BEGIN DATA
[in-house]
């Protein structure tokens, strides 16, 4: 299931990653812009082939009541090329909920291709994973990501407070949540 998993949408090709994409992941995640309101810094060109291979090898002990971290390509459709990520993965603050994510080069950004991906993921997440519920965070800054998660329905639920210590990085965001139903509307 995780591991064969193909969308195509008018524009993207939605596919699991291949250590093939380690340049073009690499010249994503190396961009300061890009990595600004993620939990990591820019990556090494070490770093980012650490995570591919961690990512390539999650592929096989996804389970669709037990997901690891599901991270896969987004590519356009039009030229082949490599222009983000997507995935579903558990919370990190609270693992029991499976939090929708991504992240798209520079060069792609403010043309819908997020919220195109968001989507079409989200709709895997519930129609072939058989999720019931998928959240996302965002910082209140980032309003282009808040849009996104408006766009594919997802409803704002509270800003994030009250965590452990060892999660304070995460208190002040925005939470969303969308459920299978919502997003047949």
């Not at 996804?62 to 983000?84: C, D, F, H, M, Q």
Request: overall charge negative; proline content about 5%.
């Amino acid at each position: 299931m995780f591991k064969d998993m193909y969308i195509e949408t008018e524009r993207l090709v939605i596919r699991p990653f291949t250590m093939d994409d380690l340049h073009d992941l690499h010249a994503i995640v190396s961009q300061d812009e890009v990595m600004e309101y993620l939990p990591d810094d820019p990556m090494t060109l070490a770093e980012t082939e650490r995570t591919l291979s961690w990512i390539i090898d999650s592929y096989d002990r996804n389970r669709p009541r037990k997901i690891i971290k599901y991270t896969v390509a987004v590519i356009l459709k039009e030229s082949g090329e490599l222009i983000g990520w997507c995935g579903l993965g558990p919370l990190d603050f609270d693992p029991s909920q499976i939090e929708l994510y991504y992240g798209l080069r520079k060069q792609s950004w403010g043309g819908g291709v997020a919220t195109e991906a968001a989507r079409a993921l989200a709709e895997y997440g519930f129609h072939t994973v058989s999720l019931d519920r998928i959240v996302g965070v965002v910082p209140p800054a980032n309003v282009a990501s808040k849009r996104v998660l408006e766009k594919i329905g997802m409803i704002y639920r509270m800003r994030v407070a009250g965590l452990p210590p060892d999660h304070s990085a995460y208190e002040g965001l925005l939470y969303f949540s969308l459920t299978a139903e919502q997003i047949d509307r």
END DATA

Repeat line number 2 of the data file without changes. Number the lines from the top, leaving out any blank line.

């Protein structure tokens, strides 16, 4: 299931990653812009082939009541090329909920291709994973990501407070949540 998993949408090709994409992941995640309101810094060109291979090898002990971290390509459709990520993965603050994510080069950004991906993921997440519920965070800054998660329905639920210590990085965001139903509307 995780591991064969193909969308195509008018524009993207939605596919699991291949250590093939380690340049073009690499010249994503190396961009300061890009990595600004993620939990990591820019990556090494070490770093980012650490995570591919961690990512390539999650592929096989996804389970669709037990997901690891599901991270896969987004590519356009039009030229082949490599222009983000997507995935579903558990919370990190609270693992029991499976939090929708991504992240798209520079060069792609403010043309819908997020919220195109968001989507079409989200709709895997519930129609072939058989999720019931998928959240996302965002910082209140980032309003282009808040849009996104408006766009594919997802409803704002509270800003994030009250965590452990060892999660304070995460208190002040925005939470969303969308459920299978919502997003047949």